# Homework Help: Friction challange

1. Jul 29, 2007

### gandharva_23

consider a funnel rotating about its axis with a constant angular speed w . A small particle remains at rest w.r.t. the wall of the funnel . If we solve the problem in particles reference frame we have a centrifugal force mw^2 r whose component will be tending to move the particle up the funnel's wall . Hence i can say that for certain values of w frictional force will be acting in the downward direction . Now i want to solve the problem in the groung frame . If i analyse the problem in ground frame there is no force that is tending to take the particle up the wall so friction force can never act down the wall ....

2. Jul 29, 2007

### mgb_phys

A couple of important points, the laws of physics don't depend on your frame of reference and centripetal force is tricky sometimes.

3. Jul 29, 2007

### gandharva_23

"laws of physics don't depend on your frame of reference "
thats what i want to ask .... in ground frame which force is trying to drag the particle up the plane ? How can i obtain a range of frictional force for which the particle remains in equilibrium w.r.t funnel by solving the problem in ground frame . we know that for larger values of w frictional force will be acting in the downward direction . If we are observing the particle in ground frame then which force is trying to drag the particle up the funnel if we are saying that friction is acting in down the funnel wall ?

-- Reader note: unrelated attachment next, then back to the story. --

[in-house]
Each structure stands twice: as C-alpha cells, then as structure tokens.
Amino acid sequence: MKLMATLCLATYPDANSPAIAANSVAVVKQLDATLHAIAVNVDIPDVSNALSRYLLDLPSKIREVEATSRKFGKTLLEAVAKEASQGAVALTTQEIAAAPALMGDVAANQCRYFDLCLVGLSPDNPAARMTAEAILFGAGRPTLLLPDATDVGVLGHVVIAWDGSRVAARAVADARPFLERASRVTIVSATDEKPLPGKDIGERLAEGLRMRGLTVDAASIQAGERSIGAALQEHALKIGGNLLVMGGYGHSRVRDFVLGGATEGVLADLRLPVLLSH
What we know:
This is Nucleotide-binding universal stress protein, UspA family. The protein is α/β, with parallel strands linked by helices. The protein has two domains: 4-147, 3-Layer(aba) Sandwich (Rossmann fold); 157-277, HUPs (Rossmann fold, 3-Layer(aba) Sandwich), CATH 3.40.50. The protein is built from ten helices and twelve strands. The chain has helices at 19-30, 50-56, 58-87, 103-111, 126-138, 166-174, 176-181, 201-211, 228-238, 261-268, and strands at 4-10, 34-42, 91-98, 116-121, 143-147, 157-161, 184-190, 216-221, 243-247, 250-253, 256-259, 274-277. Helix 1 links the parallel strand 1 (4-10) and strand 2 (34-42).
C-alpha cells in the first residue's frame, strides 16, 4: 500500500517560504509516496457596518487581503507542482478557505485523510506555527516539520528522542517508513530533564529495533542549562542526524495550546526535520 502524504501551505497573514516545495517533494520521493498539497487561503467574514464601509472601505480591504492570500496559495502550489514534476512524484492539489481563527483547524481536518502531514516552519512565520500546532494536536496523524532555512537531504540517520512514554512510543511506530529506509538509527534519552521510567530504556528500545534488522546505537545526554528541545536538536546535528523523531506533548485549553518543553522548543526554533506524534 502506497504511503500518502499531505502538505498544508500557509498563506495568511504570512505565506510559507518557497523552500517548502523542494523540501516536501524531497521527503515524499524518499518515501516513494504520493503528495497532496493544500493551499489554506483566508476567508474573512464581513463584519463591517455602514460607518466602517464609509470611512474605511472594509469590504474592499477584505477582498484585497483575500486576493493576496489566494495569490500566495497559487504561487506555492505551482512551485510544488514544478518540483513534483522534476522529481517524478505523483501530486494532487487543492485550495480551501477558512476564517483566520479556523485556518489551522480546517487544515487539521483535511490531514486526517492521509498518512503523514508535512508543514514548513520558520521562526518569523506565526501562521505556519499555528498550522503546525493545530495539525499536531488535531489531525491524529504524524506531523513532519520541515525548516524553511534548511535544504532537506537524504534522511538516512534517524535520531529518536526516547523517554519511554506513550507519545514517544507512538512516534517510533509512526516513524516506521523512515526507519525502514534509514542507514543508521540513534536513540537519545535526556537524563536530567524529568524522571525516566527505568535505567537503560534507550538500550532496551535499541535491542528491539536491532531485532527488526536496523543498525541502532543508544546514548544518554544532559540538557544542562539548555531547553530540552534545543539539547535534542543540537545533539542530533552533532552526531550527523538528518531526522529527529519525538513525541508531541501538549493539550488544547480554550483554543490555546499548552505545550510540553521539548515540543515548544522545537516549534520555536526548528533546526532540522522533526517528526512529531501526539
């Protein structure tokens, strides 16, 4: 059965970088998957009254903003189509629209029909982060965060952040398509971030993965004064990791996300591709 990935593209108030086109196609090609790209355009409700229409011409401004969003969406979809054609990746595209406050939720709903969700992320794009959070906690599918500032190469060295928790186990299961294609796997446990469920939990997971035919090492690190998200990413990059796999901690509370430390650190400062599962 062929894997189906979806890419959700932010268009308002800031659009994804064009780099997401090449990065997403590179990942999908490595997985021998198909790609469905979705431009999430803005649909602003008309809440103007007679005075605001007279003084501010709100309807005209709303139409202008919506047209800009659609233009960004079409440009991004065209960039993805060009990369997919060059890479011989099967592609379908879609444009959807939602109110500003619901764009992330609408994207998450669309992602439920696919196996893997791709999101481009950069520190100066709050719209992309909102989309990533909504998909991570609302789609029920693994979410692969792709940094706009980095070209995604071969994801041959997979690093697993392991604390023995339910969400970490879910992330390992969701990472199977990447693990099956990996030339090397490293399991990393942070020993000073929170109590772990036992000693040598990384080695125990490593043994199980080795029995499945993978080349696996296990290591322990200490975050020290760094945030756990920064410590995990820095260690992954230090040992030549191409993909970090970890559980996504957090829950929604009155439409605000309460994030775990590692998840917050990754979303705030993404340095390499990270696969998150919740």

4. Jul 29, 2007

### Staff: Mentor

Real forces--like friction--exist independent of reference frame. In the ground frame the particle is accelerating--and the only forces able to provide that acceleration are the normal force and friction. Hint: Consider vertical and horizontal force components; apply Newton's 2nd law.

In the accelerated frame the particle is at rest and, as you know, you must add a "fictitious" centrifugal force acting on the particle to produce equilibrium. (In an accelerated frame you must modify Newton's laws by adding such fictitious forces.)

Either way, you can solve for the range of friction force required.